But my only point is this: many Gurus, unfortunately, tie down their disciples, saying “Now you have come to me. You wanted to be initiated. Now our relationship is life-long.” You see? But to me, that is ridiculous. You initiated him, but who sent him to you? That Source certainly has the right to send that disciple somewhere else! Who is this Guru, to bind him for life? Therefore the word “Guru hopping” is used in a sort of derogatory way.
LC – Guru …?
RB – Guru Hopping. (Laughter). It’s used in a derogatory way. To me, it is perfectly logical and acceptable.
LC – In the Zen tradition as you know, monks went from one Master to another, in search of different aspects of the teaching. I don’t feel I am betraying my Teacher by being here.
RB – Yes. Otherwise you wouldn’t be here. In fact, Wayne told me, you told your Teacher.
LC – Yes.
RB – And he didn’t ask for …?
LC – Yes. He asked me to cook him one last meal. Because I’m his cook.
RB – I see. So, Leonard, is he likely to ask you when you go back, what did you learn?
LC – My understanding, he will discern exactly. I think the issue more urgent, is whether I stay there or not.
RB – Yes. But if he does ask you – which is not impossible, is it? – what would you say, Leonard?
LC – Well, we have – I would try to convey to him in the terms that – but he doesn’t speak English … … I would probably gasho to him. (Bows deeply)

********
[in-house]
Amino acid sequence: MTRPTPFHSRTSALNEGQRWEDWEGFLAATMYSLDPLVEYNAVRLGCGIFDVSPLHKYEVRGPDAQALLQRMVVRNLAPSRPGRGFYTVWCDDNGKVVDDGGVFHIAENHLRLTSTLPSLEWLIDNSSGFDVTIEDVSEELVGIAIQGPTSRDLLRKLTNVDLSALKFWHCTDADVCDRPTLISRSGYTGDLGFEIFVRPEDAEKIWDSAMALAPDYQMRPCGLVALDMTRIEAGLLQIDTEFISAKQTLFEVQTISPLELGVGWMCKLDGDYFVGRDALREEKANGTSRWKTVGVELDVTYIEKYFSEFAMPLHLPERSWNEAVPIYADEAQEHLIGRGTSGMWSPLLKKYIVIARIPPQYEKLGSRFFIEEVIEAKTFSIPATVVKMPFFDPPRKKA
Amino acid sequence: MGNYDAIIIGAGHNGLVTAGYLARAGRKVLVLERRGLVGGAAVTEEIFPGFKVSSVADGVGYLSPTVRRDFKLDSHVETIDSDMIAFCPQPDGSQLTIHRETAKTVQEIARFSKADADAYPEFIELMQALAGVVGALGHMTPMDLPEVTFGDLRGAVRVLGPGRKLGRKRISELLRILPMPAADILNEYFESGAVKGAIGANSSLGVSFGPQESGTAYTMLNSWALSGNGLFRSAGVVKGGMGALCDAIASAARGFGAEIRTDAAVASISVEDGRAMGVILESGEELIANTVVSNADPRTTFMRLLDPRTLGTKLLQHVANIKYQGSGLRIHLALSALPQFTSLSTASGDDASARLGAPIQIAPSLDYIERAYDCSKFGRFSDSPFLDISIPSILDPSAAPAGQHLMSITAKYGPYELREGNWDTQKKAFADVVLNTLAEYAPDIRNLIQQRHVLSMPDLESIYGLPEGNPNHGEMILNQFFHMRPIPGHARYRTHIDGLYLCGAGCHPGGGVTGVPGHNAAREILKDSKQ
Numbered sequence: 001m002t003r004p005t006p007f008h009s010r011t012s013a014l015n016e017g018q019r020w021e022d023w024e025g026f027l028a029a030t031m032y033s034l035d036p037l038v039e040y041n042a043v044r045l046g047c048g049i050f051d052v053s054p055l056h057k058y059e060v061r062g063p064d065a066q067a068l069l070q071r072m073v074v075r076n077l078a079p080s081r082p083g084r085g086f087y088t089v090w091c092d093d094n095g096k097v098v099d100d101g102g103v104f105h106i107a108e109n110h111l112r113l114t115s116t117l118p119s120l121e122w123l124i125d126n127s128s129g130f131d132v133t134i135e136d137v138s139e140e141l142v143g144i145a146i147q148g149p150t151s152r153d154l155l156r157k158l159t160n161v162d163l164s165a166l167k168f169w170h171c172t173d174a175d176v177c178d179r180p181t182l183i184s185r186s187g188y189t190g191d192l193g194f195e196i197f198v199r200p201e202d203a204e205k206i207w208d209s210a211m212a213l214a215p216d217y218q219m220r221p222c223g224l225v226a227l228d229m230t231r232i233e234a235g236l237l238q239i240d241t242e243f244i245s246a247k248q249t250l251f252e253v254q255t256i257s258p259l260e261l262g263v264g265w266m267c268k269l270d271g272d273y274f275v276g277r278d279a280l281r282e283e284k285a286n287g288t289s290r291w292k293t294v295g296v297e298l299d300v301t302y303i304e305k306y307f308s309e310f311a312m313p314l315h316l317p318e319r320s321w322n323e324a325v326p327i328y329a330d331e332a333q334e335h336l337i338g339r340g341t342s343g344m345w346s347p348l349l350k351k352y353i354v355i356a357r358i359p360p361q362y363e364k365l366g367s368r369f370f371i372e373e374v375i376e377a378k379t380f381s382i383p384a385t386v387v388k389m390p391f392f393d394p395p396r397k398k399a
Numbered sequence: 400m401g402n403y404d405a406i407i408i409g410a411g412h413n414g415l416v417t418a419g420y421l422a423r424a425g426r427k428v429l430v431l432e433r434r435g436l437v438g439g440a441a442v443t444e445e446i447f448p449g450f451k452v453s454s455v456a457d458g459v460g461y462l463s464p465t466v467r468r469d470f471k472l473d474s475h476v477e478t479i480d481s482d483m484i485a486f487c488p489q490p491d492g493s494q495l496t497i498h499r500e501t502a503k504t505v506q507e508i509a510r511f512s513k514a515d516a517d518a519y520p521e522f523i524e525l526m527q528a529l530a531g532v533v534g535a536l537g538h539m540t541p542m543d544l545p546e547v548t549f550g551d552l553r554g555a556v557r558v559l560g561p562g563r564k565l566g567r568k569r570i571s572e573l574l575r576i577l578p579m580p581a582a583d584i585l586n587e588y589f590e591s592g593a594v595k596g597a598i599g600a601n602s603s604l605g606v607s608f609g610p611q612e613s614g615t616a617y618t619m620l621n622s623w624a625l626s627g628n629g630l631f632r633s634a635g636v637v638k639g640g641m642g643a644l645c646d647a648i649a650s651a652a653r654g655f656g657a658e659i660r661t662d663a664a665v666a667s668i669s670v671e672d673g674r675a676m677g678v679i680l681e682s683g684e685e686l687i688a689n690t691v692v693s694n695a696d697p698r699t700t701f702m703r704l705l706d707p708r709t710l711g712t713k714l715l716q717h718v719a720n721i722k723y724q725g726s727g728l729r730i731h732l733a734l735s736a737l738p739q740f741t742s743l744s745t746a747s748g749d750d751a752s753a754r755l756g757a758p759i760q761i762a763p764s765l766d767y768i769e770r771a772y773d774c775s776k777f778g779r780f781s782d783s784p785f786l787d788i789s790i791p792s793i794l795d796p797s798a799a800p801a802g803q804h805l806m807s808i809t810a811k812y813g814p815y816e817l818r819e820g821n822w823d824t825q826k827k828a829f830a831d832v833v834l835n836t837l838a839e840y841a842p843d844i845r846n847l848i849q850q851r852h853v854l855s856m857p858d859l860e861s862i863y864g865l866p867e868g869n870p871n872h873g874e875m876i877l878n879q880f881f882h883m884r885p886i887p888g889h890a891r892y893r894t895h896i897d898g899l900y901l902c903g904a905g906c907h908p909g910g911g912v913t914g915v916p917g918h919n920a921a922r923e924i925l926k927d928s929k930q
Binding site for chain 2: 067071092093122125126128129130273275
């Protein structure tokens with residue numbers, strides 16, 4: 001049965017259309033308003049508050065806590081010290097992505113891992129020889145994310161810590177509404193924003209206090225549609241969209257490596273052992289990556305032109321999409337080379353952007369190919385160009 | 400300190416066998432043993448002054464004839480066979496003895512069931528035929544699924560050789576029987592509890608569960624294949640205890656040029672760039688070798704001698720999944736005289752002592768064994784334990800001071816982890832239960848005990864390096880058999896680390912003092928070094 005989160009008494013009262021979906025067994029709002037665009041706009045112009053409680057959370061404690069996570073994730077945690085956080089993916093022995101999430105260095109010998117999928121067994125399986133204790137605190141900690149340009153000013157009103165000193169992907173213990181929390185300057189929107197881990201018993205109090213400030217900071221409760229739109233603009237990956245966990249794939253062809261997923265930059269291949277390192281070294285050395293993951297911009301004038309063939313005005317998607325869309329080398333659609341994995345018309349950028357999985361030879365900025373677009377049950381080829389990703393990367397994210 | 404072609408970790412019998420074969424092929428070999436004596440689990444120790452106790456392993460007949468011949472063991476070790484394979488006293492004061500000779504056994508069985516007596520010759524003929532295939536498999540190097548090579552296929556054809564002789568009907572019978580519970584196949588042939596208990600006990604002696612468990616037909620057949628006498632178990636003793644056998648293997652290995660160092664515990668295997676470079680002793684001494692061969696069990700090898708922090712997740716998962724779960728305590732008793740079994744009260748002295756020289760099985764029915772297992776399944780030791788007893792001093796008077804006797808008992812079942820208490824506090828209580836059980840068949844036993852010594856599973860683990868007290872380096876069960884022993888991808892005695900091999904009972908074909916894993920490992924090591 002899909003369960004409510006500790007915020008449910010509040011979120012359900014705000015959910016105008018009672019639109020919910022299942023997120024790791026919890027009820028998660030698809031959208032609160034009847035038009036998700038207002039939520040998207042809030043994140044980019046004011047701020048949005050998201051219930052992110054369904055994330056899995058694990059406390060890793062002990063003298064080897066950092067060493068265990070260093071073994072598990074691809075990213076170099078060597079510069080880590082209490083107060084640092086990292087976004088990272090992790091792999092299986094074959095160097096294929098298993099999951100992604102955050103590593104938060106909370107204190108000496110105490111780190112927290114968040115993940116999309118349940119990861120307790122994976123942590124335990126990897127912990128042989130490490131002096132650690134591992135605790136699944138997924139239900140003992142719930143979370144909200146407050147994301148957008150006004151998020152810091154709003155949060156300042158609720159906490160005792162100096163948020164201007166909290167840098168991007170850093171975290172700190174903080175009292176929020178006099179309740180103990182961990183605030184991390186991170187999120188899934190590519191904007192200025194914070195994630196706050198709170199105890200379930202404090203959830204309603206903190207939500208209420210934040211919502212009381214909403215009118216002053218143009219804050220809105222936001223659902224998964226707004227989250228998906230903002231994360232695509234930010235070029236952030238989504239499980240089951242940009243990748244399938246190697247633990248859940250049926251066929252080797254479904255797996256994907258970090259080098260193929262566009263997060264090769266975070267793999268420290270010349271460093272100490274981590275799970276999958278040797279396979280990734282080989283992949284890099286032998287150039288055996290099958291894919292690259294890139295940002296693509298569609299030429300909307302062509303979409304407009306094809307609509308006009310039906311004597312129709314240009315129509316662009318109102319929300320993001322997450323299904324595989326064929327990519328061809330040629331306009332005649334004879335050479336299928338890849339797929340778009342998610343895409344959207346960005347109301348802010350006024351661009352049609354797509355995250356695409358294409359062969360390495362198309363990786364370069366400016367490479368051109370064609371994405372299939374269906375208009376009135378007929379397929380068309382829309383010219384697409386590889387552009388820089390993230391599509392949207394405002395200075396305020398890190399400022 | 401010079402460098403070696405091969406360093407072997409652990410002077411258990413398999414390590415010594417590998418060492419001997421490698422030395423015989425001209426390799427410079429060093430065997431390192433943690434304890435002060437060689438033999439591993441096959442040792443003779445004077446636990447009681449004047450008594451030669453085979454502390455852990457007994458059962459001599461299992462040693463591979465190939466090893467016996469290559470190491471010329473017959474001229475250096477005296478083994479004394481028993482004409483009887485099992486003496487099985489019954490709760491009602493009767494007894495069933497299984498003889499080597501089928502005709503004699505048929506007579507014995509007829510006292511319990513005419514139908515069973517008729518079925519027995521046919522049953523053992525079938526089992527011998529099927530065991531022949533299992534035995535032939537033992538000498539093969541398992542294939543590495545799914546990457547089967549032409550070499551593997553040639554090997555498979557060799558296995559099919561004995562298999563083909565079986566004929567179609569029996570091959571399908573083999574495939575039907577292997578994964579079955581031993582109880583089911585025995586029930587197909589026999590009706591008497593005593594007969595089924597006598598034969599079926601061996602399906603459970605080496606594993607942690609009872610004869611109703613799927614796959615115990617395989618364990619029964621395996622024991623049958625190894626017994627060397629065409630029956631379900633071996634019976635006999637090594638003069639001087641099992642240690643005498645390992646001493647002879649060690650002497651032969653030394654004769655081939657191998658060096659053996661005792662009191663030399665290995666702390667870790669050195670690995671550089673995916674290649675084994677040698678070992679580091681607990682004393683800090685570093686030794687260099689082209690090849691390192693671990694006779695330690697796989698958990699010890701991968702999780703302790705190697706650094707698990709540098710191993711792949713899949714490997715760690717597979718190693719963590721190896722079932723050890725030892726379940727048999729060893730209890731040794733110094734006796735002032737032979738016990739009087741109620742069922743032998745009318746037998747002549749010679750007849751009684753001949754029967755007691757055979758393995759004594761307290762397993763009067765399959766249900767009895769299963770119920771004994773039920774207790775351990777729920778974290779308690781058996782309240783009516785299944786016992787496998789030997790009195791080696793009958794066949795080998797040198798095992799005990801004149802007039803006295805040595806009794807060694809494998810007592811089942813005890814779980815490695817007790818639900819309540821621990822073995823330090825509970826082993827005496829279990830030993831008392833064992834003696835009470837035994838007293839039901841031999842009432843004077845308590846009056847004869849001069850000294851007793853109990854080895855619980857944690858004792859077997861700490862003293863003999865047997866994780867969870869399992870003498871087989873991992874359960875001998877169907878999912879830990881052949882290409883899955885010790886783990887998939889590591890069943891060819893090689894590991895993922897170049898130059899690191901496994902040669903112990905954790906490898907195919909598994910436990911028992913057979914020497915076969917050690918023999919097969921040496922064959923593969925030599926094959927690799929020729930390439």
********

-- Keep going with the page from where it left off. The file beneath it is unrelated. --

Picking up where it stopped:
RB – This is gasho?
LC – Yes, and depending on the truth of the moment, whether I could step aside from the understanding and let the understanding communicate itself …
RB – The answer is, “I don’t know”. Is that what you meant?
LC – It’s correct.
RB – Then that is absolutely correct: “I don’t know what answer will come out.”
LC – He has, you know, the Japanese rigour. So he would question, he would listen carefully to my saying “I don’t know”. Because “I don’t know” is the answer to many koans.
RB – No no. What I’m saying is: “I don’t know” is your answer to me.
LC – Ah Yes. Yes, Sir.
RB – That I DON’T know what will come out of my lips if such a question were asked. That’s what I meant. When I said “I don’t know”, what I mean is – that would be your answer to my question about what you should say.
You see? So some experience happens. Then people want more experiences. This greed as you quite rightly said, for the experience. Wanting – ananda means ‘bliss’. But the word ‘calm’ or ‘cool’ – deep down, that is how the word has come – cool, or calm. At one stage Ramana Maharshi uses the word ‘bliss’ because it has come down – not Ramana Maharshi, but in the translation. One point I came across, which I have triple underlined – he said: “Calm is superior to bliss.” The word I prefer is “peace”.